Yerba mate extracts contain strong antioxidants like chlorogenic (CL) and its derivatives, caffeic (C), quercetin (Q), rutin (R), and kaempferol (K) that may improve food products nutritional quality and rancidity. To obtain products with consistent activity and composition, we analyzed the effect of yerba's industrial processing on extracts composition, radical scavenging capacity (AA), inhibition of β-carotene/linoleic acid oxidation (AI), and ferric reducing/antioxidant power (RP). We also determined the relationship between the composition of a mixture of C, CL, K, Q, and R and their AA, RP, and AI values. Industrial processing modified polyphenol composition and antioxidant activity of the yerba extracts. Pre-dried and dried/canchada leaves were the most appropriate raw materials combining optimum AA, RP, and AI levels. Extract's capacity to improve ground beef's lipid stability was better than similar levels of α-tocopherol. Relationships between AA, RP, or AI and polyphenol composition were satisfactorily predicted by a quadratic, a full or a reduced cubic models, respectively. Simultaneous optimization of all models allowed determining the best and worst performing blends. Extracts contents of caffeic, chlorogenic and its derivatives, quercetin, and rutin were within or under the limits of the least active region predicted and may account for the low activity levels observed.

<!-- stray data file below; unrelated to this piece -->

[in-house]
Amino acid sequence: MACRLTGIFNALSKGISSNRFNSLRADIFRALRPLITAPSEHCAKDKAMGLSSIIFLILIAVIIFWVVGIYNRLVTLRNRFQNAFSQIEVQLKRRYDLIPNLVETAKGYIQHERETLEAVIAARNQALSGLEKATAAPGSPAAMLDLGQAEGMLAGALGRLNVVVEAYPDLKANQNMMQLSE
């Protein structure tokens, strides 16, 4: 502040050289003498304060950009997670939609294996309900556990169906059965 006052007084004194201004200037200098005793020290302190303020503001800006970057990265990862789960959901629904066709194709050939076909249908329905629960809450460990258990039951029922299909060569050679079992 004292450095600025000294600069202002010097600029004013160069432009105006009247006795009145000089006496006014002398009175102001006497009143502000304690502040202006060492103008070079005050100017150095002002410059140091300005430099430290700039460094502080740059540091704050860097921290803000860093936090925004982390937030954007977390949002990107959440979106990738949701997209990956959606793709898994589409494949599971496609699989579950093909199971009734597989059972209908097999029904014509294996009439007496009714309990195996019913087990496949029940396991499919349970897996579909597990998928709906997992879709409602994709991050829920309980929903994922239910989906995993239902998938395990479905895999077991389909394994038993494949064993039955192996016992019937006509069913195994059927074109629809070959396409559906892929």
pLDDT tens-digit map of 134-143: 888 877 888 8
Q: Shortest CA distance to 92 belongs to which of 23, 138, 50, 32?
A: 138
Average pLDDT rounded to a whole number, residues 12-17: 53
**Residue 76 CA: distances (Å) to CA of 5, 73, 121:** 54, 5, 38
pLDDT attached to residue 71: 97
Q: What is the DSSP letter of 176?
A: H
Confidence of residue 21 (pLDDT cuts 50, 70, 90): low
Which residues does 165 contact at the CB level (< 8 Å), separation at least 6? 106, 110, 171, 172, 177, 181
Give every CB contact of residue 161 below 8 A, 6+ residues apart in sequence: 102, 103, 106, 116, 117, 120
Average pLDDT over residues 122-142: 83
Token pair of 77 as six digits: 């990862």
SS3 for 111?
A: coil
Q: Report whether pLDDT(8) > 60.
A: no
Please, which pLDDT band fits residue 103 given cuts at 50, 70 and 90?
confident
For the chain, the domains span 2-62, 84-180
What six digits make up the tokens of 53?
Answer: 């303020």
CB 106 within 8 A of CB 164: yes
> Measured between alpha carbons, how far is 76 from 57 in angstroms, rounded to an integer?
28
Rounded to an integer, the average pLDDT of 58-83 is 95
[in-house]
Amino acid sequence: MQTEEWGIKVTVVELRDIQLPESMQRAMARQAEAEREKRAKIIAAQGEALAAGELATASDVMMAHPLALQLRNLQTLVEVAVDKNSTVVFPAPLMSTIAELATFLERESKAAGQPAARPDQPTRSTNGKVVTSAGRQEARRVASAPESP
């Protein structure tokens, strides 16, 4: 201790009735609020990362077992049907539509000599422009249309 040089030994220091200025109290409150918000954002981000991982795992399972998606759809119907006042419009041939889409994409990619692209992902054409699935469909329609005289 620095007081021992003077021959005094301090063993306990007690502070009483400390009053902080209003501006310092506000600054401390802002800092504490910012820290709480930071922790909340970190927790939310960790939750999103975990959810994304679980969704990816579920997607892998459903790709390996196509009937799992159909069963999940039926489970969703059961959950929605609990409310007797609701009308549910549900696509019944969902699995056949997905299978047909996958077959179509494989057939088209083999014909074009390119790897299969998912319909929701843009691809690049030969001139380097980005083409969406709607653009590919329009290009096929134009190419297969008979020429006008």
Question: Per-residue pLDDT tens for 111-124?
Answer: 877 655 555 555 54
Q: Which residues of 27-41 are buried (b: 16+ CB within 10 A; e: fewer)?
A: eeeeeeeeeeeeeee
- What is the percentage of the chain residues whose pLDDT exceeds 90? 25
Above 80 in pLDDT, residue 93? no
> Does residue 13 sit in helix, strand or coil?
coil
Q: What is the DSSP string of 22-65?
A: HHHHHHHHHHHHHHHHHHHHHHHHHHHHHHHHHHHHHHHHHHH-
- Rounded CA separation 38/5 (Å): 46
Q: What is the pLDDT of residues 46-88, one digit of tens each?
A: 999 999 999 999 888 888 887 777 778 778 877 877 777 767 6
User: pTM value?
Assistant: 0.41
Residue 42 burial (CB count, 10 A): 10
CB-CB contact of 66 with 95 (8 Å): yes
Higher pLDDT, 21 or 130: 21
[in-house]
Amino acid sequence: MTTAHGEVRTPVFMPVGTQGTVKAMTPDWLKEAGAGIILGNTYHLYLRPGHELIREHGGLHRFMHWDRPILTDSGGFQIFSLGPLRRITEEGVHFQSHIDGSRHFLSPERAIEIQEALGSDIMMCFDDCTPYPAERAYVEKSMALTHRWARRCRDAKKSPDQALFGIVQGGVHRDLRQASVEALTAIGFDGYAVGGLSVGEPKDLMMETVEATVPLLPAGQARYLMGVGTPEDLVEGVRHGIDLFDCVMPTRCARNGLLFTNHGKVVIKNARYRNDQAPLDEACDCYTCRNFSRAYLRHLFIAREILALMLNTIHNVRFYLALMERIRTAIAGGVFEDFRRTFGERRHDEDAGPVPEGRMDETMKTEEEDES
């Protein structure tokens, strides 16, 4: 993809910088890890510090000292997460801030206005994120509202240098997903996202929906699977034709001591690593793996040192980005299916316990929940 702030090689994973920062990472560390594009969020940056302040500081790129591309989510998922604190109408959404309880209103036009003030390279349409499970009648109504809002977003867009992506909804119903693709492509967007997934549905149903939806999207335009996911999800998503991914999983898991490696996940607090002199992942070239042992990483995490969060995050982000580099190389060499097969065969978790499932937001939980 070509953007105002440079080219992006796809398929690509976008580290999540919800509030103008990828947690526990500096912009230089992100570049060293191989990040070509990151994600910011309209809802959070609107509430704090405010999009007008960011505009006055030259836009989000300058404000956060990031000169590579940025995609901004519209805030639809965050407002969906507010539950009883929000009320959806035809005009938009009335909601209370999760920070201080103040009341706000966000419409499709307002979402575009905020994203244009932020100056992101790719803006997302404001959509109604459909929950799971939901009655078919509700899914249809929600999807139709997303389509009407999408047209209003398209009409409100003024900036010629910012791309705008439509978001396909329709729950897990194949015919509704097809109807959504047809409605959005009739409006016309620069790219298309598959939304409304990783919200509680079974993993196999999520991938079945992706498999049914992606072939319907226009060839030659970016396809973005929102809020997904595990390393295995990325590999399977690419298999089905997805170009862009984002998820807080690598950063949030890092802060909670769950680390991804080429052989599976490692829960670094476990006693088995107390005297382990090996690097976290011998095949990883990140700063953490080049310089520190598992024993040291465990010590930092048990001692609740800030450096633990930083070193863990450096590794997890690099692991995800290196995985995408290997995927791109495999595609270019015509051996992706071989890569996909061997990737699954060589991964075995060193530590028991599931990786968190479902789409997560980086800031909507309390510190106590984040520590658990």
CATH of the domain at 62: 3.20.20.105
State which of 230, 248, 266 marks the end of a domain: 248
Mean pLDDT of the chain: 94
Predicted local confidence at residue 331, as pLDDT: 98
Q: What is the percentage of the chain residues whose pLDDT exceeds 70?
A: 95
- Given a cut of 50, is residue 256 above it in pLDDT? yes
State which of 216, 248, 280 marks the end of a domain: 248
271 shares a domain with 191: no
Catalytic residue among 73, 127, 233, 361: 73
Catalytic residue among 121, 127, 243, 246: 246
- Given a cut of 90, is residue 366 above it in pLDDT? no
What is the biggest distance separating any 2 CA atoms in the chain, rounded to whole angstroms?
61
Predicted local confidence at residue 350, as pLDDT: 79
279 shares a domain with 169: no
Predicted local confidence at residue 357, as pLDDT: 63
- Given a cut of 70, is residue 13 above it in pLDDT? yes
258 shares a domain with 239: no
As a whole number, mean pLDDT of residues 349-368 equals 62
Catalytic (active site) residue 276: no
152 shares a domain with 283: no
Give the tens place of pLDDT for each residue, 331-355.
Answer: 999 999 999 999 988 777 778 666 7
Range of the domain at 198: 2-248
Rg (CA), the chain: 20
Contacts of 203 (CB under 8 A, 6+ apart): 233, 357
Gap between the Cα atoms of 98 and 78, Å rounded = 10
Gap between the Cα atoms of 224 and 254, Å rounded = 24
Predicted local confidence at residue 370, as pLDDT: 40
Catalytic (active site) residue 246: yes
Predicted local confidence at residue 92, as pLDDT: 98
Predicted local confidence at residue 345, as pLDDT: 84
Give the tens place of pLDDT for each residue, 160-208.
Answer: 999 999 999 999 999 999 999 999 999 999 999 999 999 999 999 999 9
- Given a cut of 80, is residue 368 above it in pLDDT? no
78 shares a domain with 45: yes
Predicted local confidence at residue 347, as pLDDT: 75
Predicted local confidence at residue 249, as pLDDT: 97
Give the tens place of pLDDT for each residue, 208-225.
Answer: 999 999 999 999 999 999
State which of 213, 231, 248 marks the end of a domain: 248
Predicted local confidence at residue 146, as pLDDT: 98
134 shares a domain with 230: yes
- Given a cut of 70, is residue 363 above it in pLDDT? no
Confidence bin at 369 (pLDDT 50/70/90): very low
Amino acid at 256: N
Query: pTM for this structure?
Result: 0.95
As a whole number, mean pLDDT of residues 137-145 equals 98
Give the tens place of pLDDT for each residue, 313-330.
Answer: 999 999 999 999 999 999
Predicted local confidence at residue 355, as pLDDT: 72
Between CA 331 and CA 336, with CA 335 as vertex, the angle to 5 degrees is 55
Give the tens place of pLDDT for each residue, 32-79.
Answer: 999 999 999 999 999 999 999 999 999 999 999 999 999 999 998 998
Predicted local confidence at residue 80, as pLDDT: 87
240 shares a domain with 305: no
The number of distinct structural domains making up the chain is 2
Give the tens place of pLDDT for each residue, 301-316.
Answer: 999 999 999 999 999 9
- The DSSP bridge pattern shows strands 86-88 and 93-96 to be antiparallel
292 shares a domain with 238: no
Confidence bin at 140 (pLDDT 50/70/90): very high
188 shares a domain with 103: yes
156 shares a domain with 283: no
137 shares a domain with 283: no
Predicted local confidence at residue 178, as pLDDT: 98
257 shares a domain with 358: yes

Practical applications: Due to its antioxidant and therapeutic properties; polyphenolic extracts from yerba mate leaves can improve the sensorial quality and shelf life of ground beef and sunflower oil as well as enhance the organism defense system. Commercial application of these extracts by the food and pharmaceutical industry requires products of consistent composition and activity. In this study we also determined the best raw material across the different processing steps and developed mathematical models that can be used to calculate the antioxidant activity of yerba extracts based on their polyphenol composition.